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China Warns Citizens in Pakistan of Possible Terror Attacks 


FILE - Work continues on a new international trade route near Havalian in Pakistan, May 11, 2017. The work is part of a sprawling Chinese initiative to build a "new Silk Road" of ports, railways and roads across Asia, Africa and Europe.

China has warned its citizens in Pakistan to keep a low profile, saying it has received intelligence reports of plans for imminent terror attacks.

The Chinese embassy in Islamabad posted the unusual alert on its website as Beijing is investing more than $60 billion on massive infrastructure and energy projects in Pakistan.

The investment under China-Pakistan Economic Corridor, known as CPEC, is bringing a large number of Chinese nationals to the country working on the projects and undertaking private businesses. Pakistan and China call each other all-weather friends, and Islamabad has made the security of Chinese a high priority.

“It is understood that terrorists plan in the near term to launch a series of attacks against Chinese organizations and personnel in Pakistan,” the embassy statement said.

Precautions urged

It did not provide further details on the nature of terrorist threat but urged all Chinese nationals to enhance personnel security, limit outdoor trips as much as possible, and avoid crowded public places.

The statement asked Chinese nationals to cooperate with police and the military in Pakistan and alert the embassy in the event of an emergency. Pakistani officials have not yet commented on the Chinese terror warning.

Officials estimate about 20,000 Chinese are in Pakistan, where China and its companies are involved in 300 projects. More than 9,000 of them are working under CPEC, which has been declared the flagship project of Beijing’s “Road and Belt Initiative.”

FILE - Chinese trucks stand on a pontoon during the opening of a trade project in Gwadar port, 700 kilometers west of Karachi, Pakistan, Nov. 13, 2016.
FILE - Chinese trucks stand on a pontoon during the opening of a trade project in Gwadar port, 700 kilometers west of Karachi, Pakistan, Nov. 13, 2016.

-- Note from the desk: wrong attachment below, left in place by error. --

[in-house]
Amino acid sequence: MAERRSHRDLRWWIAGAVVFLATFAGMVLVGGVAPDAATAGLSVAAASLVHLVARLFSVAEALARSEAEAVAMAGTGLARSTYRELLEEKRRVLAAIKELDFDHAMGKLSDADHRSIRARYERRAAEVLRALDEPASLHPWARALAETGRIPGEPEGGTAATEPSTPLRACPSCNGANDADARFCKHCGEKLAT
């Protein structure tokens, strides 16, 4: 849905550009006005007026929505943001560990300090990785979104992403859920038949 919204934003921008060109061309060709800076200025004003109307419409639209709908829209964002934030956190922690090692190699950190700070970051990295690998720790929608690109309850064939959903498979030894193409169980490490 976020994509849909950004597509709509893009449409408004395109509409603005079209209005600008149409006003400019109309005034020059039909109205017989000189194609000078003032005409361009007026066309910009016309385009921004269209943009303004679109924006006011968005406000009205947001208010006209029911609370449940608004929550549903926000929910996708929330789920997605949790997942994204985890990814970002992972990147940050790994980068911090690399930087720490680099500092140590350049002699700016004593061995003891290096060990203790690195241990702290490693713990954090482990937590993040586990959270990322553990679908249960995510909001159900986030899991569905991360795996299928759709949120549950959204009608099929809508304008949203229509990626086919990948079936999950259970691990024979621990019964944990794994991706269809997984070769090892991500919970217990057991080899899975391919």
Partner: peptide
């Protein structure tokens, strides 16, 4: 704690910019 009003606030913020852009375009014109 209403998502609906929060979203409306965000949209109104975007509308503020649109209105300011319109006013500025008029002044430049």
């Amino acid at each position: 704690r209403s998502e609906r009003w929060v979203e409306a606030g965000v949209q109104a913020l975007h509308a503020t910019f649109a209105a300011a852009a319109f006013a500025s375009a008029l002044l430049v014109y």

Plans for CPEC were announced in April 2015 during President Xi Jinping’s state visit to Pakistan.

Threat is serious

The Pakistan army has trained and deployed a special security force of more than 15,000 personnel to safeguard CPEC projects and Chinese nationals working on them. Many of the workers live in Chinese-only enclaves.

Pakistan’s leading defense and security expert, retired Lt. Gen. Talat Masood, said the country is on high alert in terms of security because of the ongoing demonstrations against U.S. President Donald Trump’s recognition of Jerusalem as Israel’s capital.

The U.S. has issued a security alert for Pakistan that temporarily restricts the movement of U.S. government employees in Pakistan.

Masood said Chinese security concerns are valid and Pakistan needs to take care of them.

“The threat is always there, because you know there are many people who are opposed to Pakistan, they are opposed to Pakistan-China cooperation, they are opposed to the China-Pakistan Corridor,” Masood told VOA Deewa. “They want to create hurdles, and this is one way of doing that.”

Assassination plot suspected

In October, the Chinese embassy, through an official, told the Pakistani Interior Ministry that a member of the anti-China terrorist network, East Turkestan Islamic Movement (ETIM), had snuck into the country with a mission to assassinate the Chinese ambassador. The letter also urged Pakistani authorities to beef up security of Chinese companies and nationals.

ETIM leaders and militants allegedly receive training and other support from militant sanctuaries in border areas of Afghanistan and Pakistan. Beijing has long pressed authorities in both the neighboring countries to crack down on the suspected ETIM fugitives.

The outlawed militant organization claims to be fighting for the rights of the Uighur Muslim minority in China in the western region of Xinjiang, and allegedly is behind the unrest there.

In June, Islamic State claimed responsibility for killing two kidnapped Chinese teachers in the southwestern Pakistani province of Baluchistan.

Pakistan has repeatedly denied accusations that it harbors terror groups and has blamed extremists crossing over from Afghanistan and India for attacks in Pakistan.

VOA Deewa and Urdu services contributed to this report.

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